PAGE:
München – Justice Palace

In 1943, three trials were held in Munich’s Justice Palace (Justizpalast) against members of the White Rose (Weisse Rose). A group of students from the University of Munich who had spread antinazist flyers at the university. The first trial was held in Schwurgerichtssaal on 22 February against siblings Hans and Sophie Scholl and Christoph Probst who were accused of high treason for the proliferation of antinazist fliers. The trial began at 10 am and ended at 13.30 when the Prosecutor and judge, Roland Freisler, sentenced all three to death by beheading. On April 19, the second trial was held in Sitzungssaal 216 (currently 253) against another 14 group members.

This trial rendered in three death sentences by beheading (Alexander Schmorell, Willi Graf and Kurt Huber), ten to prison while one was surprisingly acquitted. A third trial took place on 13 July (without Freisler as prosecutor/judge) and this time only one member was sentenced to prison while the others were acquitted. Two more trials were held against members of the White Rose. On April 3, 1944, one was held in Saarbrücken and on October 13, 1944, one was held in the Donauwörth. The actions of the white rose were isolated and did not affect the political situation in any way, it was only after the war that the group’s actions were noticed and highlighted.

Current status: Preserved with museum (2010).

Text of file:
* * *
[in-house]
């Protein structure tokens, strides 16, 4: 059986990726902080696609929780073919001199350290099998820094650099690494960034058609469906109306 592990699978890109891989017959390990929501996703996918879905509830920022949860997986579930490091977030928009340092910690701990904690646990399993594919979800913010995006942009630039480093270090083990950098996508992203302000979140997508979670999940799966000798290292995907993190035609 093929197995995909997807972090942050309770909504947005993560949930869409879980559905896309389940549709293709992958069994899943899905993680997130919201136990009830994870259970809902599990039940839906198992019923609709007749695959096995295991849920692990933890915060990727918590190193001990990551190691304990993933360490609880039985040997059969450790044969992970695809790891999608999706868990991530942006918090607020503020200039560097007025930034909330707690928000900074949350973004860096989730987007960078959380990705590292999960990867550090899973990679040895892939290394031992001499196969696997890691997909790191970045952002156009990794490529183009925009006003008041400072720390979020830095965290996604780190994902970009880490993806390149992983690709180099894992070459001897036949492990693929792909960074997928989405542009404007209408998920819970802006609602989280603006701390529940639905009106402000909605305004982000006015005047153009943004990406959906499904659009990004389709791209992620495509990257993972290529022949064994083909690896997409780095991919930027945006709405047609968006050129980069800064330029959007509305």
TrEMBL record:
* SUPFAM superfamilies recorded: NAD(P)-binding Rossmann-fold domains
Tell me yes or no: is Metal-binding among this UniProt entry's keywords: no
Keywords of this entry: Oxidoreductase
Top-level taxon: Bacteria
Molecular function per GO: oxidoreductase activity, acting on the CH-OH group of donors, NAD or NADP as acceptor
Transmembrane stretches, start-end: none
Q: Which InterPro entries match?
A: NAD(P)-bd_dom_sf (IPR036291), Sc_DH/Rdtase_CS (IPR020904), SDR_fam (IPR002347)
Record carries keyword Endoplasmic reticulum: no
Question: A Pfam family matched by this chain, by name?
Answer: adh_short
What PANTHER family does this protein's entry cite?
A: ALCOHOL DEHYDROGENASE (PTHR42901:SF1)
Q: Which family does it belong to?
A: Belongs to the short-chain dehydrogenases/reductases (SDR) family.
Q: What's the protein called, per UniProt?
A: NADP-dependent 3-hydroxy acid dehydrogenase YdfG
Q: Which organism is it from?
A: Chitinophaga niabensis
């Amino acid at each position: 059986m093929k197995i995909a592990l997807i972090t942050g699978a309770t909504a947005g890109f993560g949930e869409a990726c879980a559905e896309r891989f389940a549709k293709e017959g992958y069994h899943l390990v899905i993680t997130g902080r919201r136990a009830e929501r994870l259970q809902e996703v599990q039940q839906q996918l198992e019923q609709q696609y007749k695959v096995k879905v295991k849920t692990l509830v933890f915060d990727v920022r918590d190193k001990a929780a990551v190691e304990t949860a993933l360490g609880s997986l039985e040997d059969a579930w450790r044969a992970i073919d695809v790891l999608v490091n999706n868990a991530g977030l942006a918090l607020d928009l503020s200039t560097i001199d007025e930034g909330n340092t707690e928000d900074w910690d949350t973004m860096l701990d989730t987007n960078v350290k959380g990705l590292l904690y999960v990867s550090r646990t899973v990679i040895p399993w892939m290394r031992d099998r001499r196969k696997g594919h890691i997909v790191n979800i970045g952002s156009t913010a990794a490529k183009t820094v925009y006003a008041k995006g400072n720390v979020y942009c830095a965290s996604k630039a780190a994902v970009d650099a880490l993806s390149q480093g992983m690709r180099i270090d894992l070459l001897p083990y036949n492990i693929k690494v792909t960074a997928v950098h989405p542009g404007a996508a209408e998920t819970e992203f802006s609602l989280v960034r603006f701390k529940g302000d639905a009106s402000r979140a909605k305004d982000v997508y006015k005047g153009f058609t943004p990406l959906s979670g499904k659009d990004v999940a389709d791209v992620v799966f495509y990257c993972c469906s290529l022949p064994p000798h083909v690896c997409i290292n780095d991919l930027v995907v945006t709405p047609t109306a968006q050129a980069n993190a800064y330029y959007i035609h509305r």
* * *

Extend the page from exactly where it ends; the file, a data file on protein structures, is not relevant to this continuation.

Address: Prielmayerstrasse 7, 80335 München.

Get there: Metro to Karlsplatz Station.

My comment:

It is said that Sophie Scholl defended her actions during the trial by defiantly saying, ”so many people think exactly what we have said and written but dare not say it”. How likely it is that a young inexperienced and modest woman uttered this before a brutal Nazi court can certainly be discussed. But it definitely strengthened the myth surrounding her as an opponent to Nazism but it came with uttermost price, her own life.

But regardless, the trial was held after Germany’s military disaster at Stalingrad barely a month earlier. A defeat that made people start to doubt Hitler and Nazism, but there were few who really dared to do anything. The reason, of course, was that they knew that it was associated with mortal danger and therefore refrained. But how harsh and condemnatory should we be to those who thought like Sophie Scholl, but refrained due to the risks? Should one blame a man who is not willing to risk his life for a higher political ideal?

Follow up in books: Wilson, Kip: White Rose (2019).